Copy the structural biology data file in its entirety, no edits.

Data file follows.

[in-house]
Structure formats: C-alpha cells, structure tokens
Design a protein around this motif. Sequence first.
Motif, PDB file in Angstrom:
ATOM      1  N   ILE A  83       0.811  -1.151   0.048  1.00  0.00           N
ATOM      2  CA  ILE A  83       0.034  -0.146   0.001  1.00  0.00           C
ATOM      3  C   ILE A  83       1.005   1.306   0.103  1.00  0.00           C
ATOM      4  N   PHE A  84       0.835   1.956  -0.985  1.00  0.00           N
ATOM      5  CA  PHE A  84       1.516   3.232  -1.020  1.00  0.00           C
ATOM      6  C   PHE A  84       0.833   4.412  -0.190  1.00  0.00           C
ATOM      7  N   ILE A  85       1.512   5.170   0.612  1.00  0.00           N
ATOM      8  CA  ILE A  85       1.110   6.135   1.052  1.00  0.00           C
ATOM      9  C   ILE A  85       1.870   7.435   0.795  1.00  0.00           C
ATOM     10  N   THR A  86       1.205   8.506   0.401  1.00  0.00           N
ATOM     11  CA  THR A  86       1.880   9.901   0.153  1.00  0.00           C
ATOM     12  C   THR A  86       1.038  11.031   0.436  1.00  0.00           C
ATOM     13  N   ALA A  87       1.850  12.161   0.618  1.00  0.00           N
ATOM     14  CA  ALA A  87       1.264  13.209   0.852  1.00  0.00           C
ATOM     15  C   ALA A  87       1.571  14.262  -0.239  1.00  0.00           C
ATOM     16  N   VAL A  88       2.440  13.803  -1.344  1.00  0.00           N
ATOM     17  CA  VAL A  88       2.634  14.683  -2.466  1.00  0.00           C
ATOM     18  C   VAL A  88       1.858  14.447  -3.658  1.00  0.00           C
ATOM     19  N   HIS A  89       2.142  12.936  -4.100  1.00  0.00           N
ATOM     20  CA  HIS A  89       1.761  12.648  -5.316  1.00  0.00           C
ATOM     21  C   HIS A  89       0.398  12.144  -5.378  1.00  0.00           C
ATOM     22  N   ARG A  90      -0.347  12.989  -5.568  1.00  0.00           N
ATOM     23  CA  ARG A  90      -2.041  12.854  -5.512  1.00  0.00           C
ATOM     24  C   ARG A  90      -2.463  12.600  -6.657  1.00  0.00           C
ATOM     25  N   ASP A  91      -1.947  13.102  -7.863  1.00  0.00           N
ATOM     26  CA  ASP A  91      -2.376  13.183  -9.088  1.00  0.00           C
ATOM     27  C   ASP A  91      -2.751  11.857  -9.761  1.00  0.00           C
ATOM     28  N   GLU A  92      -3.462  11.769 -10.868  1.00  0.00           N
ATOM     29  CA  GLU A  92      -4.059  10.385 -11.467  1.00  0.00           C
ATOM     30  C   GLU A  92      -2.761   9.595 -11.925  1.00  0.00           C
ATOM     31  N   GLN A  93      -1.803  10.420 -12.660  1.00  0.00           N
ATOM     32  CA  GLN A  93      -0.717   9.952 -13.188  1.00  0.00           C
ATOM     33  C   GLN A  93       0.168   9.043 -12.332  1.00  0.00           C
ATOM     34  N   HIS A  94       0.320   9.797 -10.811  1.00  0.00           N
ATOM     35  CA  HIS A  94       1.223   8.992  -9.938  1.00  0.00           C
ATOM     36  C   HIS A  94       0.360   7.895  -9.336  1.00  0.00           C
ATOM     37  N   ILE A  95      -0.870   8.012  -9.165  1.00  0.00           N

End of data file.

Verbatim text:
[in-house]
Structure formats: C-alpha cells, structure tokens
Design a protein around this motif. Sequence first.
Motif, PDB file in Angstrom:
ATOM      1  N   ILE A  83       0.811  -1.151   0.048  1.00  0.00           N
ATOM      2  CA  ILE A  83       0.034  -0.146   0.001  1.00  0.00           C
ATOM      3  C   ILE A  83       1.005   1.306   0.103  1.00  0.00           C
ATOM      4  N   PHE A  84       0.835   1.956  -0.985  1.00  0.00           N
ATOM      5  CA  PHE A  84       1.516   3.232  -1.020  1.00  0.00           C
ATOM      6  C   PHE A  84       0.833   4.412  -0.190  1.00  0.00           C
ATOM      7  N   ILE A  85       1.512   5.170   0.612  1.00  0.00           N
ATOM      8  CA  ILE A  85       1.110   6.135   1.052  1.00  0.00           C
ATOM      9  C   ILE A  85       1.870   7.435   0.795  1.00  0.00           C
ATOM     10  N   THR A  86       1.205   8.506   0.401  1.00  0.00           N
ATOM     11  CA  THR A  86       1.880   9.901   0.153  1.00  0.00           C
ATOM     12  C   THR A  86       1.038  11.031   0.436  1.00  0.00           C
ATOM     13  N   ALA A  87       1.850  12.161   0.618  1.00  0.00           N
ATOM     14  CA  ALA A  87       1.264  13.209   0.852  1.00  0.00           C
ATOM     15  C   ALA A  87       1.571  14.262  -0.239  1.00  0.00           C
ATOM     16  N   VAL A  88       2.440  13.803  -1.344  1.00  0.00           N
ATOM     17  CA  VAL A  88       2.634  14.683  -2.466  1.00  0.00           C
ATOM     18  C   VAL A  88       1.858  14.447  -3.658  1.00  0.00           C
ATOM     19  N   HIS A  89       2.142  12.936  -4.100  1.00  0.00           N
ATOM     20  CA  HIS A  89       1.761  12.648  -5.316  1.00  0.00           C
ATOM     21  C   HIS A  89       0.398  12.144  -5.378  1.00  0.00           C
ATOM     22  N   ARG A  90      -0.347  12.989  -5.568  1.00  0.00           N
ATOM     23  CA  ARG A  90      -2.041  12.854  -5.512  1.00  0.00           C
ATOM     24  C   ARG A  90      -2.463  12.600  -6.657  1.00  0.00           C
ATOM     25  N   ASP A  91      -1.947  13.102  -7.863  1.00  0.00           N
ATOM     26  CA  ASP A  91      -2.376  13.183  -9.088  1.00  0.00           C
ATOM     27  C   ASP A  91      -2.751  11.857  -9.761  1.00  0.00           C
ATOM     28  N   GLU A  92      -3.462  11.769 -10.868  1.00  0.00           N
ATOM     29  CA  GLU A  92      -4.059  10.385 -11.467  1.00  0.00           C
ATOM     30  C   GLU A  92      -2.761   9.595 -11.925  1.00  0.00           C
ATOM     31  N   GLN A  93      -1.803  10.420 -12.660  1.00  0.00           N
ATOM     32  CA  GLN A  93      -0.717   9.952 -13.188  1.00  0.00           C
ATOM     33  C   GLN A  93       0.168   9.043 -12.332  1.00  0.00           C
ATOM     34  N   HIS A  94       0.320   9.797 -10.811  1.00  0.00           N
ATOM     35  CA  HIS A  94       1.223   8.992  -9.938  1.00  0.00           C
ATOM     36  C   HIS A  94       0.360   7.895  -9.336  1.00  0.00           C
ATOM     37  N   ILE A  95      -0.870   8.012  -9.165  1.00  0.00           N